But public opinion polls have tended to backfire in recent years and are often viewed as an opportunity to overthrow conventions. In 2016, the British public voted overwhelmingly for the Royal Research Ship to replace RRS Ernest Shackleton and James Clark Ross to be officially named Boaty McBoatFace. Given that the Irish public voted in 2008 to send Dustin the Turkey to represent Ireland at Eurovision, can we be trusted with the responsibility of choosing a formal song indication of our national spirit?
Changing a national anthem is more about shifting perceptions of national identity than merely seizing an opportunity to change the national AUX chord. Few countries have changed their national anthems as many times as Russia.
When Vladimir Putin signed a bill into law establishing a new Russian national anthem in 2000, it was met with both outrage and downright refusal. The new anthem was not strictly new as it had the same music as the old Soviet anthem that was approved by Joseph Stalin and in place from 1944 to 1991. Moreover, the lyrics were by the same author as the 1944 anthem and, as a result, the whole song is reminiscent of the Soviet period. From 1991 until 2000, the unofficial anthem of Russia was "Patrioticheskaya Pesnya" ("The Patriotic Song"), a composition without any words to sing along to. The Russian government organized a competition for the best lyrics, but could not find or approve a winner.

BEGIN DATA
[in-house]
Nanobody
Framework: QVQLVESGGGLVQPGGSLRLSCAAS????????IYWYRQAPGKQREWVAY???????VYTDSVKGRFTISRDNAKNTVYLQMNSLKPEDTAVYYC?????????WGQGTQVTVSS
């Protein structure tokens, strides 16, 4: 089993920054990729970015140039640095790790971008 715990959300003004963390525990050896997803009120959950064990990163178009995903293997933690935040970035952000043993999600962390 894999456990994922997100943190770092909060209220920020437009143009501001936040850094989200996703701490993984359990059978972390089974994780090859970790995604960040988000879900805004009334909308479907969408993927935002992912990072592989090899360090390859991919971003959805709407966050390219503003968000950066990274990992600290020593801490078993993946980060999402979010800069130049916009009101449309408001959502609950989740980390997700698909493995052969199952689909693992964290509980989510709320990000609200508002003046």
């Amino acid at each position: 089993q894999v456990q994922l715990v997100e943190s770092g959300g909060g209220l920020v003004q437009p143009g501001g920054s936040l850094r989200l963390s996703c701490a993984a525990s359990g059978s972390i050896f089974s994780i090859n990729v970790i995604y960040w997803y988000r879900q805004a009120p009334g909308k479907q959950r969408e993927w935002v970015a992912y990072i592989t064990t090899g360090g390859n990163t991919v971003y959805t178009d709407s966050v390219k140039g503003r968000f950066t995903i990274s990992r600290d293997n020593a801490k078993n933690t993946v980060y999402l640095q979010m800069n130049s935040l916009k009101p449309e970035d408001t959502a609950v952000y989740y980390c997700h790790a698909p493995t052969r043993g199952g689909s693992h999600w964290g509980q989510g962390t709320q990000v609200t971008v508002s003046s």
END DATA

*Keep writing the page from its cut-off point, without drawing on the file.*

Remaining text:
Answering Ireland's call: what's the purpose of a national anthem? Based on a Brainstorm piece by @thekickart @WeAreTUDublin - video by @_LauraGaynor https://t.co/9p91hUUAgX pic.twitter.com/vhT7dRKfXn— RTÉ Brainstorm (@RTEBrainstorm) May 28, 2020
In 1978, the Chinese government introduced new lyrics for their national anthem, with unsuccessful consequences. Despite official approval of new lyrics to "March of the Volunteers" (义勇军进行曲), the original lyrics remained in people's memory and confusion often ensued at gatherings where the national anthem was sung. The revised national anthem lyrics proved to be short-lived and the original lyrics were restored in 1982.
Revision of the national anthem is a complicated affair that affects all of us that collectively recognise ourselves as identifying with a nation. Think about arguments at parties over what music is being played and the difference that changing the playlist can make to the overall atmosphere. Now, imagine trying to switch the playlist so that it would satisfy an entire nation.
"Amhrán na bhFiann" was not only created at a particular moment of historical significance for Ireland, but also within a certain social condition. Although its militaristic origins may be debated, it delivers a strong and clear statement of Irish national identity. Like anything that is in the national interest, consensus is almost impossible and wider debates are necessary if we are to consider changing a song that, by design, should unite us as a nation. So in the meantime, would you please be upstanding for "Amhrán na bhFiann"….
The views expressed here are those of the author and do not represent or reflect the views of RTÉ